As more money managers launch socially responsible fund investments that track environmental, social, and governance principles, investors should look to see whether or not these vehicles are really green.

There are varying opinions on how well companies deliver on ESG since there is no U.S. or global standard. Consequently, ESG investments may come in varying shades of green, with some even claiming certain products are being greenwashed.

Industry insiders are debating whether or not light-green, or “light-touch,” ESG funds are more about marketing than sustainability, MarketWatch reports. Implementing ESG data in a limited way is not “greenwashing”, or claiming something is sustainable when it’s not, since asset managers disclose fund goals and ESG criteria, along with a deeper dive in SEC prospectus filings. However, not all investors take the time to read the fine print. It takes even more time to catch up with asset managers’ shareholder advocacy.

Investors will care about how green their funds are if they think the ESG fund has a strict strategy to affect real world changes with a management team that pursues these goals. On the other hand, others may be just content that a fund is limited to a portfolio of high ESG-rated companies. In either case, investors should still conduct their due diligence when selecting an ESG fund to fully understand the fund’s approach to ESG criteria.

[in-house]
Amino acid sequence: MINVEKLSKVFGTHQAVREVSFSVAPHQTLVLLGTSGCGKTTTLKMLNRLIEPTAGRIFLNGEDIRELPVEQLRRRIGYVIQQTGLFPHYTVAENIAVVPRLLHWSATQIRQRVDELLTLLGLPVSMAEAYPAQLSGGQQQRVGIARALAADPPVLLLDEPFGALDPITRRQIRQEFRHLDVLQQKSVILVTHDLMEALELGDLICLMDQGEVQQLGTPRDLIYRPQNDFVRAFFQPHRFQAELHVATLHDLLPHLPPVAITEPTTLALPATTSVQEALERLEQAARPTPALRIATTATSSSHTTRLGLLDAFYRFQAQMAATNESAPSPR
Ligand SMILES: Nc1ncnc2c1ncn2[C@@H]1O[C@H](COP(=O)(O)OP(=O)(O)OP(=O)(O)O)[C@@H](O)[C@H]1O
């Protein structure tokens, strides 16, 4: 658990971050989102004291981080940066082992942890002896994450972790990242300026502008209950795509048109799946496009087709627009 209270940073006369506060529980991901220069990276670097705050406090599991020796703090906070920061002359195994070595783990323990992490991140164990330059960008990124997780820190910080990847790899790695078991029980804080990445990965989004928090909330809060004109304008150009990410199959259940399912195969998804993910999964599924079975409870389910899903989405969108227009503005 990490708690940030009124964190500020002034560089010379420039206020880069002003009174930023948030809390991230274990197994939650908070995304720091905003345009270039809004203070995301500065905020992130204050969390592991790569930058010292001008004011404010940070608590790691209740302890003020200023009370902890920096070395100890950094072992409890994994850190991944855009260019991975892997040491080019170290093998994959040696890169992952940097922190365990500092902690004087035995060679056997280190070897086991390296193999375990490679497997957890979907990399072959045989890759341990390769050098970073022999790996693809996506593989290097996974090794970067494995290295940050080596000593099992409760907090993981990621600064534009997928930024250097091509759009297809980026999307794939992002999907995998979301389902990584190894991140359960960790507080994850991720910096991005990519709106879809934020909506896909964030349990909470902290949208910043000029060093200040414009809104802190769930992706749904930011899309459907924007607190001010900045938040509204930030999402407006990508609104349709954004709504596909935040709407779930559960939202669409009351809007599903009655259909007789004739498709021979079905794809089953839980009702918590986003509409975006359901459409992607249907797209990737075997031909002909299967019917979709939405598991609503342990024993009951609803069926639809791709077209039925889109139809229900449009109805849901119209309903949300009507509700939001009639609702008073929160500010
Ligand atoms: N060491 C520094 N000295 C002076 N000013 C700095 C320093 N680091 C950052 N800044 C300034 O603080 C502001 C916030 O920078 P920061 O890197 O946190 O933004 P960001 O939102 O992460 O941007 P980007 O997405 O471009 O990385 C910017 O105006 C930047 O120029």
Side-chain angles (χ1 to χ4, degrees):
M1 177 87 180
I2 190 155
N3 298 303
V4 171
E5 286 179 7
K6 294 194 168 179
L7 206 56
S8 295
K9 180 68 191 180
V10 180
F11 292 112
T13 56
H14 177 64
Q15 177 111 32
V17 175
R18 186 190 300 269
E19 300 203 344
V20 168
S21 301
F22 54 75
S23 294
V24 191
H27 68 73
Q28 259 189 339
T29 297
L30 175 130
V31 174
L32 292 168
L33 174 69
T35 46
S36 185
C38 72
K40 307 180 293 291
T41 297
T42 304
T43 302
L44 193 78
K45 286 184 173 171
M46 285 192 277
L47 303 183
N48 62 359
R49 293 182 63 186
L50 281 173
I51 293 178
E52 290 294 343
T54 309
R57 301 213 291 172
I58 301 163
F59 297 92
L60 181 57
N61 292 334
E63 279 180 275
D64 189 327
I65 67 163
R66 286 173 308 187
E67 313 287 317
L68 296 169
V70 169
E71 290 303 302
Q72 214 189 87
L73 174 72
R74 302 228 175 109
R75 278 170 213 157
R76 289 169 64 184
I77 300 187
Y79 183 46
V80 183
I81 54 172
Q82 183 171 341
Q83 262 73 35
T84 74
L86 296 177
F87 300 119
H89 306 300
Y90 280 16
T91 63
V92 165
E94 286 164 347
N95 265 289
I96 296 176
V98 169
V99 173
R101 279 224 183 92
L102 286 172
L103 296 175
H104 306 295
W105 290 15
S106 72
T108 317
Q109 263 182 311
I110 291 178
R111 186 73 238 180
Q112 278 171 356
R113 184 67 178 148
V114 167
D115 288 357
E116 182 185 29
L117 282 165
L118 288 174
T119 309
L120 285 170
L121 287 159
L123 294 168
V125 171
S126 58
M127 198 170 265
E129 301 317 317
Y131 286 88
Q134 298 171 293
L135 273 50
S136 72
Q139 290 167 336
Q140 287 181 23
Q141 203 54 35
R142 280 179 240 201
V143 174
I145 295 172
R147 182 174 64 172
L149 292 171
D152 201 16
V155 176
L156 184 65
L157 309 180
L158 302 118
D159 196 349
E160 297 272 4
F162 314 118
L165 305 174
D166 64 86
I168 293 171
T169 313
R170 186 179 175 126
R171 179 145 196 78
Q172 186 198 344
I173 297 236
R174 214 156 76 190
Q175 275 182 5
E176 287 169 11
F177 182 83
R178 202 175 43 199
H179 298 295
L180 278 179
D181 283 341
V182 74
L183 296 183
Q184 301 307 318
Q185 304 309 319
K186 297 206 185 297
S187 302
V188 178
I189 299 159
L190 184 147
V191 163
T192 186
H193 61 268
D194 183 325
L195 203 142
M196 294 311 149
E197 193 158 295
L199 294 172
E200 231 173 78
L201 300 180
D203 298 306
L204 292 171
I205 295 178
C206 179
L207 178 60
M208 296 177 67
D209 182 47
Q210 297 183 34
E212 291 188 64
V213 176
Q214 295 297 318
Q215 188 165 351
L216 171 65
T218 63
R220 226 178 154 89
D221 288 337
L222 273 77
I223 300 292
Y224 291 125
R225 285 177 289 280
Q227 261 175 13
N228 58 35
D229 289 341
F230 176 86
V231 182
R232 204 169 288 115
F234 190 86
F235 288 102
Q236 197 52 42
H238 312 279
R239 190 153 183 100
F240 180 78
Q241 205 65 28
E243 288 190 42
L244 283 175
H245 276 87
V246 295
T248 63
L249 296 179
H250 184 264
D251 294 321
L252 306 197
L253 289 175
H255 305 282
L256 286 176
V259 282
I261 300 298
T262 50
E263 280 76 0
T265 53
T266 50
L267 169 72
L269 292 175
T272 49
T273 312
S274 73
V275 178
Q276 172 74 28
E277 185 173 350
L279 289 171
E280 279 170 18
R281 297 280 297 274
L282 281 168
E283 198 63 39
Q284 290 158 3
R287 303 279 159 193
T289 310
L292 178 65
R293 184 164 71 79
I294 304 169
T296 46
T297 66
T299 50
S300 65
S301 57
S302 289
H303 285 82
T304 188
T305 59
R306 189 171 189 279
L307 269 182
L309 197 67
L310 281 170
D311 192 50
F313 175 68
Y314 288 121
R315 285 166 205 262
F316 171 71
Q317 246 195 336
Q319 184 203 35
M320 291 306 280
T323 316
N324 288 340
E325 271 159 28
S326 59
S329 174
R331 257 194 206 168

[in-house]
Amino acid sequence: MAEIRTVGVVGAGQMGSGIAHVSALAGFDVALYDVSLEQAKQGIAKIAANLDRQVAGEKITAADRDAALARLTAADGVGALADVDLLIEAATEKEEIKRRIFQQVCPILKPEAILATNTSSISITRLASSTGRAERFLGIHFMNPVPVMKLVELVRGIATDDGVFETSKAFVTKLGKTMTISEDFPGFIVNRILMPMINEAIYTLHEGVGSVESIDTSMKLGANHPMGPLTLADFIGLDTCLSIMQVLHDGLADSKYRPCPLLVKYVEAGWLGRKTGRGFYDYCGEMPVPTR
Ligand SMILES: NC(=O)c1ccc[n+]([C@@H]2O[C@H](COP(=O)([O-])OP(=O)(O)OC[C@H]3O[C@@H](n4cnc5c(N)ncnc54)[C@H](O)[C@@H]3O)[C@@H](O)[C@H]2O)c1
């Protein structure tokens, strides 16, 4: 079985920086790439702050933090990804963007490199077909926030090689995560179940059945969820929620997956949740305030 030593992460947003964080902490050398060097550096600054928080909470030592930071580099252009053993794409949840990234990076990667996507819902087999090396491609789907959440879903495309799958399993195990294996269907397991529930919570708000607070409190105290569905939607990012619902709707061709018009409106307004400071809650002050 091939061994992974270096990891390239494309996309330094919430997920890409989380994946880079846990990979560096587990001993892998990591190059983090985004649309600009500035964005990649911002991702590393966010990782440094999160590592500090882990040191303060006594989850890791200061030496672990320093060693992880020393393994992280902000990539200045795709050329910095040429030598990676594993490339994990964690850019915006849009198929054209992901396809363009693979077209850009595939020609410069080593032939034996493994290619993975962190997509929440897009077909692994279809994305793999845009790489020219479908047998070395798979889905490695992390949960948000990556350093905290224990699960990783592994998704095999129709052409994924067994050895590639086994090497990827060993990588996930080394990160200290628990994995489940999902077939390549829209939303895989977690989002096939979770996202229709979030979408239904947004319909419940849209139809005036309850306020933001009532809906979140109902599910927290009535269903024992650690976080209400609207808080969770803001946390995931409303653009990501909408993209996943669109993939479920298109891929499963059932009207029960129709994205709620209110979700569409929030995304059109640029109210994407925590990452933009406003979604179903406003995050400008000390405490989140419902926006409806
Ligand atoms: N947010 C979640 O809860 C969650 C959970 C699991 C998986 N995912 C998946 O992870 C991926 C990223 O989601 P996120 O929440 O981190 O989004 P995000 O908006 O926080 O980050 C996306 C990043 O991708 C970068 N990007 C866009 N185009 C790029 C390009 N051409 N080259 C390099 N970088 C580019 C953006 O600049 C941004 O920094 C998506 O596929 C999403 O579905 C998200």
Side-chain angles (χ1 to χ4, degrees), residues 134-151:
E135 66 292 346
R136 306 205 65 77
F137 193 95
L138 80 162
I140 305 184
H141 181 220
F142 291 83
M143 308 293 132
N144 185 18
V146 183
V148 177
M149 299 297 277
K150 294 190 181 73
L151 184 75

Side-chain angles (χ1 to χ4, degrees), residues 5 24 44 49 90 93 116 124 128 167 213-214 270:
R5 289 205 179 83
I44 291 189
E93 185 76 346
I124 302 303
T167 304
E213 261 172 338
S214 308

Todd Rosenbluth, director of ETF research at CFRA warned that ESG funds that want to mimic broader stock-market index returns may own higher-ranked ESG stocks in a particular industry but also select some names that might surprise socially conscious investors. For instance, a broad ESG fund may include fossil fuel names that hit the mark on the ‘S’ and ‘G’ criteria, but not the ‘E’ requirement.

“By being sector-neutral, you are going to have energy and you are going to have utilities, two sectors less-likely to be environmentally friendly. They may or may not be environmentally friendly, but they have strong governance or social characteristics,” Rosenbluth told MarketWatch.

Matt Bartolini, head of SPDR Americas Research, highlighted their SPDR suite of fossil-fuel-free funds as a rules-based approach to divest from companies with fossil-fuel reserves in high carbon-producing industries. Specifically, the State Street Global Advisors’ SPDR S&P 500 Fossil Fuel Free ETF (SPYX) tries to allow climate change-conscious investors to align the core of their investment strategy with their values by eliminating companies that own fossil fuel reserves from the S&P 500.

SPYX YTD Performance

“Eliminating all firms that interact with carbon would result in a heavily concentrated portfolio that may not be suitable for all investors. As a result, there is a small exposure to firms that may interact with carbon, but do not have proven reserves – consistent with the intended investment strategy to only divest from firms with fossil-fuel reserves,” Bartolini told MarketWatch.

For more news, information, and strategy, visit the ESG Channel.